Cannes Film Festival: A new year, a new provocation from 'Michael,' the Pedophile Movie
Cannes wouldn’t be Cannes without movies built to shock. Usually there’s (yawn) sex involved — bonjour, Brown Bunny! Antichrist-like degradation is also nice and will suffice. This year, for his first feature, Austrian casting director-turned filmmaker Markus Schleinzer methodically, balefully observes a 35-year-old pedophile (Michael Fuith) who gives the movie its title, and Michael’s victim, 10-year-old Wolfgang (David Rauschenberger), imprisoned in Michael’s basement. This is no Silence of the Lambs voluptuous horror show; it’s a matter-of-fact, daily-life horror show of “normality.” Michael goes to his regular job at an insurance company, interacts with colleagues, comes home to a tidy house, cooks a nutritious meal, unlocks a basement door, summons Wolfgang upstairs for dinner, washes dishes with the boy, maybe watches television or works on a jigsaw puzzle with him, then orders the kid downstairs again for rape before bedtime.
Schleinzer, who cast and coached the children in fellow Austrian Michael Haneke’s The White Ribbon (and also worked on Haneke’s Time of the Wolf and The Piano Player) has learned well at the feet of his cold-blooded mentor. His own aesthetic stare is similarly neutral, expressionless, avid.
I previously dismissed Michael in the course of writing about Footnote, the Cannes competition entry I still think has the most to say and says it most inventively. But in the hallways around the Palais, I’ve been hearing, as one does in this privileged 12-day, Provençal scrum, of colleagues who think Michael is just great, praising the quality of the filmmaking and the authenticity of the performances.
And I don’t disagree about the technical quality. Schleinzer has a fine sense of composition, pacing, and scene-building. He establishes a subtle and intricate rhythm to the game of leading the audiences to a shocking conclusion. He elicits performances of disturbing clarity. (How he gets that emotional immediacy from a child actor is its own unsettling question.)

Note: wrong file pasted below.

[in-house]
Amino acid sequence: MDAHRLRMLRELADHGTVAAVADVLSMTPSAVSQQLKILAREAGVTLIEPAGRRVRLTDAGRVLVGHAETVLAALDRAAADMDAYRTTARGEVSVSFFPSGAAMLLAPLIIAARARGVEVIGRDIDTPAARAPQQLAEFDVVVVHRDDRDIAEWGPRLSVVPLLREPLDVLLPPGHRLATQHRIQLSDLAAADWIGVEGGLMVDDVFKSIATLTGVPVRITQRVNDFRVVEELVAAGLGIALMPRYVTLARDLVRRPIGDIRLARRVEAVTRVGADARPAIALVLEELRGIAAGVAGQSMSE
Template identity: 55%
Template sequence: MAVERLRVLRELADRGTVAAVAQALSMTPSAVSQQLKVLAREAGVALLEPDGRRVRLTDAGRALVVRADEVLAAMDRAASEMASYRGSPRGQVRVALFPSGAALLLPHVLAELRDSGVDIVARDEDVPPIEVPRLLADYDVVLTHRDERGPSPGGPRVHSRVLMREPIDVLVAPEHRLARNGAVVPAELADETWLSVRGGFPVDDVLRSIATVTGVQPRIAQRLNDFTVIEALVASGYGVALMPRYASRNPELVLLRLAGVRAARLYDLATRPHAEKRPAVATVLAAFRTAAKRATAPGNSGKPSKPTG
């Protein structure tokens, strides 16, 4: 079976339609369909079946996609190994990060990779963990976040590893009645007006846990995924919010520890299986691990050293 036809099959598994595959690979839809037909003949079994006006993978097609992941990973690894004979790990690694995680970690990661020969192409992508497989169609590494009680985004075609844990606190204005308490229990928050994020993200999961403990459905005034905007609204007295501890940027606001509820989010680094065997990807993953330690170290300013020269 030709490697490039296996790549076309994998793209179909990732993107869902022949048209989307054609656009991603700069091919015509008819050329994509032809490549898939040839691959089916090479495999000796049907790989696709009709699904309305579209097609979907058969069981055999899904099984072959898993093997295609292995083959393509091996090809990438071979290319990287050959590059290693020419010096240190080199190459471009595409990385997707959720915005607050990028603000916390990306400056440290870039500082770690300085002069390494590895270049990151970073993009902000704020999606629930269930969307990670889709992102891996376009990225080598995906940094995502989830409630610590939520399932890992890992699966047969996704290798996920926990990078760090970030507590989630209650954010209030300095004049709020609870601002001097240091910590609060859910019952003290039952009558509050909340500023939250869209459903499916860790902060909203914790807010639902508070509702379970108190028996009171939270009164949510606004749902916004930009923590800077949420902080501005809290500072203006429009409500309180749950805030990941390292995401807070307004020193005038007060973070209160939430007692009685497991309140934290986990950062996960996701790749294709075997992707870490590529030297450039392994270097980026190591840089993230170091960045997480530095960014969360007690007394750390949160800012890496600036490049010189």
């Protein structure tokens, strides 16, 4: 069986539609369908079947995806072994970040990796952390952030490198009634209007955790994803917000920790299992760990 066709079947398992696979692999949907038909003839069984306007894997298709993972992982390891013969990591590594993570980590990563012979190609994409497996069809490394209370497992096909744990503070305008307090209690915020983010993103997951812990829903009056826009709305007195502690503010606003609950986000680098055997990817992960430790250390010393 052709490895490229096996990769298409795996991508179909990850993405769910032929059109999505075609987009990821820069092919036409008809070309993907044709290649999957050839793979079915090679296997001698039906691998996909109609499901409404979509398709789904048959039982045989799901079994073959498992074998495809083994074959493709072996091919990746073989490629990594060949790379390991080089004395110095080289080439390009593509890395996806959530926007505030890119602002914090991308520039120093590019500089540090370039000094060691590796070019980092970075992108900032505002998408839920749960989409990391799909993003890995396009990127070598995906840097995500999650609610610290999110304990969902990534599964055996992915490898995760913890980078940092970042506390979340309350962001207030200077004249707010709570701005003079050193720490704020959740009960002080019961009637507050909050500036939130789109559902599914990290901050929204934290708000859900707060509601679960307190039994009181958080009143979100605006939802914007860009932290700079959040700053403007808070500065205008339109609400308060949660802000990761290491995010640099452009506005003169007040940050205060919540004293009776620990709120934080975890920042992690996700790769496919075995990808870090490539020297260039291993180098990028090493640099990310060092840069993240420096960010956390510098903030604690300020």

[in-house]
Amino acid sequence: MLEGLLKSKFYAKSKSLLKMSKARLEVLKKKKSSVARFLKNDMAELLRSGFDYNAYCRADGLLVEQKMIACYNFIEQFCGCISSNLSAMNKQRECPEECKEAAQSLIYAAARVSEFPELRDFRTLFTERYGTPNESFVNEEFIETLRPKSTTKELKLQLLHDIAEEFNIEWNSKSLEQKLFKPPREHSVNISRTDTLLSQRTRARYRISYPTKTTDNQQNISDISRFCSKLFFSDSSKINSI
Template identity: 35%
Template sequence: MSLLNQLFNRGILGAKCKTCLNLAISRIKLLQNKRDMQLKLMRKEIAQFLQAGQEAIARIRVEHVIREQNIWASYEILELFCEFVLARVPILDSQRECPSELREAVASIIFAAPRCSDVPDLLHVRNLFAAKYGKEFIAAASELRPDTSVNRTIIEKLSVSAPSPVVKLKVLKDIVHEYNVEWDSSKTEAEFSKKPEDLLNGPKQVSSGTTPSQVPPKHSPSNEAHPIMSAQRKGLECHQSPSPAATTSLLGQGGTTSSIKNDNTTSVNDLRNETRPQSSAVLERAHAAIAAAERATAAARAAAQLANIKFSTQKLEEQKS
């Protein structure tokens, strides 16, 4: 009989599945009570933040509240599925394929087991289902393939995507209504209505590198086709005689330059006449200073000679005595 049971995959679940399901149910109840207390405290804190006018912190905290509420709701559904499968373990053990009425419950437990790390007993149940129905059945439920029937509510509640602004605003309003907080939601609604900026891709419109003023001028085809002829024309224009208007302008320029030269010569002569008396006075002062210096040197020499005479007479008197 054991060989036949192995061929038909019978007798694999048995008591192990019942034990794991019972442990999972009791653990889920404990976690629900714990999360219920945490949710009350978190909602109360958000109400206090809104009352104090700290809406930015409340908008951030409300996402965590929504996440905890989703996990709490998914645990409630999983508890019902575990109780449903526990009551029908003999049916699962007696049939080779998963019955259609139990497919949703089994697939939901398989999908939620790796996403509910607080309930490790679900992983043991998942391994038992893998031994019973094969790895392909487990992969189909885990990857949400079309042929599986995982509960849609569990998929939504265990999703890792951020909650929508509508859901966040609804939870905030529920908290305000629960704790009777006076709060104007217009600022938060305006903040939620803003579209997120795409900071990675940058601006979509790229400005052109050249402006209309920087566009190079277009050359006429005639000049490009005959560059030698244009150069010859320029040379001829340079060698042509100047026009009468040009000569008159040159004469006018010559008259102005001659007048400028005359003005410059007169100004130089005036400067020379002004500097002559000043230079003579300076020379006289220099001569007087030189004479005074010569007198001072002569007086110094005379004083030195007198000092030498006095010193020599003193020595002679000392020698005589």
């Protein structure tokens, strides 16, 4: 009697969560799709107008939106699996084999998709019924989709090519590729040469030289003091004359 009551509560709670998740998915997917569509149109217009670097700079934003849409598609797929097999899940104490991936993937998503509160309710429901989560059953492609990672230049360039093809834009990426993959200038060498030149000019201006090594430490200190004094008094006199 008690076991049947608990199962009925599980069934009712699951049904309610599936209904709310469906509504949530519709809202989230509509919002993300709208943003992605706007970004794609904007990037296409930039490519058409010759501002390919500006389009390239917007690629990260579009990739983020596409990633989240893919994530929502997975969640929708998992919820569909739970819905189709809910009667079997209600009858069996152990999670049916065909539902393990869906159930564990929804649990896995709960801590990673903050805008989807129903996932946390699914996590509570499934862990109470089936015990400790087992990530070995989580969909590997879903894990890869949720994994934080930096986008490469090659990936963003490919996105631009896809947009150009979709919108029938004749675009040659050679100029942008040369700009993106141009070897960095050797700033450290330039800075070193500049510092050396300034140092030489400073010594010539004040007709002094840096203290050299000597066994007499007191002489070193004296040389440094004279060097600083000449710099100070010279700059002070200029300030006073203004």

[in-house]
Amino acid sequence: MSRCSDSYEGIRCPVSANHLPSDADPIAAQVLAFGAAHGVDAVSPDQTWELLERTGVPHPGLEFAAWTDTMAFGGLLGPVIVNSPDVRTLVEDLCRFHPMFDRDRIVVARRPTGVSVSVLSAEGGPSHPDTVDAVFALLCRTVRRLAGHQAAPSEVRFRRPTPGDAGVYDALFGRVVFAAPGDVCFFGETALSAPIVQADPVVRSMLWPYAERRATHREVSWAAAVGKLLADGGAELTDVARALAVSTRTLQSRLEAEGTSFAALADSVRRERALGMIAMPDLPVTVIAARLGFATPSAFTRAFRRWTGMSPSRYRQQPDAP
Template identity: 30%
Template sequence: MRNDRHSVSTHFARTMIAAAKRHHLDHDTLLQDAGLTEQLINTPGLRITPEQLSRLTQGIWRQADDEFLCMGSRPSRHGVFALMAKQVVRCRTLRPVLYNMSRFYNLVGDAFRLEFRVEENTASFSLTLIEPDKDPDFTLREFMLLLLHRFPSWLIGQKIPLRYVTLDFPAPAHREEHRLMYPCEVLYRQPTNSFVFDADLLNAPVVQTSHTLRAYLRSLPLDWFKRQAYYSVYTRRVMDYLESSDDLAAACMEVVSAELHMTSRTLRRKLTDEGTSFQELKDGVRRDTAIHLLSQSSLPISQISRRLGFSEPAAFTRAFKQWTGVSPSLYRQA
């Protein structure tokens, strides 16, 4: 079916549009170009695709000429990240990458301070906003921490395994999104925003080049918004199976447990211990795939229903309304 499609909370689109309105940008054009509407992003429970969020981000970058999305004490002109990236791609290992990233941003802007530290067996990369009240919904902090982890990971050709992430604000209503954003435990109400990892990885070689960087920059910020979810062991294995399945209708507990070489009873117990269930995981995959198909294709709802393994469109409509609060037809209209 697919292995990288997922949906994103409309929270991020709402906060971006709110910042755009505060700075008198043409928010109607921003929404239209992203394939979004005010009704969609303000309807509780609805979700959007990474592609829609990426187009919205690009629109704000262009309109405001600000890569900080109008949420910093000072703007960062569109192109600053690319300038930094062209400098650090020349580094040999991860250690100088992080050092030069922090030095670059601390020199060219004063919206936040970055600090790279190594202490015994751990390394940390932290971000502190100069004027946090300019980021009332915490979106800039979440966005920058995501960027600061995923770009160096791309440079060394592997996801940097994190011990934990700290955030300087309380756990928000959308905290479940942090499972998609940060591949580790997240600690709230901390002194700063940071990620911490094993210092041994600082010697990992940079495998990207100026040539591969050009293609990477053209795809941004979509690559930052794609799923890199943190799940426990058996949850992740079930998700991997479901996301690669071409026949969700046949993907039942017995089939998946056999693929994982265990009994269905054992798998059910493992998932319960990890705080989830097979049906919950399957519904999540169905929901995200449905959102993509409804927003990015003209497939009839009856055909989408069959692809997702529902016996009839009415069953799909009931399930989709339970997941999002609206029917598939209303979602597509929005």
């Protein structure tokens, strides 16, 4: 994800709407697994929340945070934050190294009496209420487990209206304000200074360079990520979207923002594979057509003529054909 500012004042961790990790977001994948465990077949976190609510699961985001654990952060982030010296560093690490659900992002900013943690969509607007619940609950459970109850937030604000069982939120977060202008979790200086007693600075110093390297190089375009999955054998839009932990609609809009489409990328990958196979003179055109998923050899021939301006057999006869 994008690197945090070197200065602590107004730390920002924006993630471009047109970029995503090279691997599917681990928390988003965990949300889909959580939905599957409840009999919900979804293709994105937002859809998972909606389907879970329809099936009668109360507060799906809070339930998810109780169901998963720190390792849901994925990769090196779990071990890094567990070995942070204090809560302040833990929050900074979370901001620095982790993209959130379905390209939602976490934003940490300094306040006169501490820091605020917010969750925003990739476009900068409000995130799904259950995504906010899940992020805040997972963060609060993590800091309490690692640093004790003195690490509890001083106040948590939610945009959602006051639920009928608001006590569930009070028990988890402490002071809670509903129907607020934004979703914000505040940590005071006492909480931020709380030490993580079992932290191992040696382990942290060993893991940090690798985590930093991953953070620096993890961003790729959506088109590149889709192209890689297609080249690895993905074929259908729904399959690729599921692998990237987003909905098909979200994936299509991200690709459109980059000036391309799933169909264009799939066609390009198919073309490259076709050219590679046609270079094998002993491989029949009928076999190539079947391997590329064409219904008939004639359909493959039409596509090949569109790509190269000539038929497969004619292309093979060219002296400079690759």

But admiring the movie’s technical achievements doesn’t salve my deep queasiness about Michael: With Schleinzer’s evident skills as a filmmaker, why would he want to devote his attention to this? What purpose does this movie serve? (Why did Festival programmers choose to include this self-absorbed exercise among the precious competition films aside from, you know, shock value?) In the press notes, Schleinzer explains that he is interested in looking, without judgment, at someone who could be anybody we know, and to challenge our own notions and prejudices about who such a person might be. But by the very nature of fiction and the structure of this movie, we can never know why Michael is what he is. We learn nothing about him except the fictional, sickening details his creator shows us. We gain no insight into the man, or into ourselves and our prejudices. Schleinzer may have an outsized interest in the life of a pedophile, but that doesn’t mean he knows anything about what such a person feels, or does. And since he doesn’t, the fastidiousness with which he goes about imagining what if is its own kind of sadism.
Mission accomplished. This tongue is wagging.